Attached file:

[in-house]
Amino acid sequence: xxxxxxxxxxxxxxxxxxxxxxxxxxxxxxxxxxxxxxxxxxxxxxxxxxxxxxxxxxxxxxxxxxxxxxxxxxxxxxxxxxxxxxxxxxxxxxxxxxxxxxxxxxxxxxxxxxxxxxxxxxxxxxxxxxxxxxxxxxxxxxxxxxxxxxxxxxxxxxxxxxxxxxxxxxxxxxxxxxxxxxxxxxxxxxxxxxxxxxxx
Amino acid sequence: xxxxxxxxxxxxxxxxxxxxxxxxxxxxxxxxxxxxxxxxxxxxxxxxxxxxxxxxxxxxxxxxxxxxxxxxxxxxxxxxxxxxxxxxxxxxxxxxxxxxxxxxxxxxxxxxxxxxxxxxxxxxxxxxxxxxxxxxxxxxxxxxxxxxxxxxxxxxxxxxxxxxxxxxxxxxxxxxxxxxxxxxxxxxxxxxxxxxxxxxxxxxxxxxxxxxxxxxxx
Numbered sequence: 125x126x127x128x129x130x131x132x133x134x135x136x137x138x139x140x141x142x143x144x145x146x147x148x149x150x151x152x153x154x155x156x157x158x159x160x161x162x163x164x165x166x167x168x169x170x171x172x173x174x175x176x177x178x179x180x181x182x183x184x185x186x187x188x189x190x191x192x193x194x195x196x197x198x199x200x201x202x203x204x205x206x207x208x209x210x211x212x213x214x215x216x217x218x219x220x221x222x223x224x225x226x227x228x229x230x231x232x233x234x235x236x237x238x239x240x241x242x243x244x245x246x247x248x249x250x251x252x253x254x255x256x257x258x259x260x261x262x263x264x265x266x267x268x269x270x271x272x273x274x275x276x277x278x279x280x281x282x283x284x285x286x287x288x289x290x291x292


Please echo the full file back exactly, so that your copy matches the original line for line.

[in-house]
Amino acid sequence: xxxxxxxxxxxxxxxxxxxxxxxxxxxxxxxxxxxxxxxxxxxxxxxxxxxxxxxxxxxxxxxxxxxxxxxxxxxxxxxxxxxxxxxxxxxxxxxxxxxxxxxxxxxxxxxxxxxxxxxxxxxxxxxxxxxxxxxxxxxxxxxxxxxxxxxxxxxxxxxxxxxxxxxxxxxxxxxxxxxxxxxxxxxxxxxxxxxxxxxx
Amino acid sequence: xxxxxxxxxxxxxxxxxxxxxxxxxxxxxxxxxxxxxxxxxxxxxxxxxxxxxxxxxxxxxxxxxxxxxxxxxxxxxxxxxxxxxxxxxxxxxxxxxxxxxxxxxxxxxxxxxxxxxxxxxxxxxxxxxxxxxxxxxxxxxxxxxxxxxxxxxxxxxxxxxxxxxxxxxxxxxxxxxxxxxxxxxxxxxxxxxxxxxxxxxxxxxxxxxxxxxxxxxx
Numbered sequence: 125x126x127x128x129x130x131x132x133x134x135x136x137x138x139x140x141x142x143x144x145x146x147x148x149x150x151x152x153x154x155x156x157x158x159x160x161x162x163x164x165x166x167x168x169x170x171x172x173x174x175x176x177x178x179x180x181x182x183x184x185x186x187x188x189x190x191x192x193x194x195x196x197x198x199x200x201x202x203x204x205x206x207x208x209x210x211x212x213x214x215x216x217x218x219x220x221x222x223x224x225x226x227x228x229x230x231x232x233x234x235x236x237x238x239x240x241x242x243x244x245x246x247x248x249x250x251x252x253x254x255x256x257x258x259x260x261x262x263x264x265x266x267x268x269x270x271x272x273x274x275x276x277x278x279x280x281x282x283x284x285x286x287x288x289x290x291x292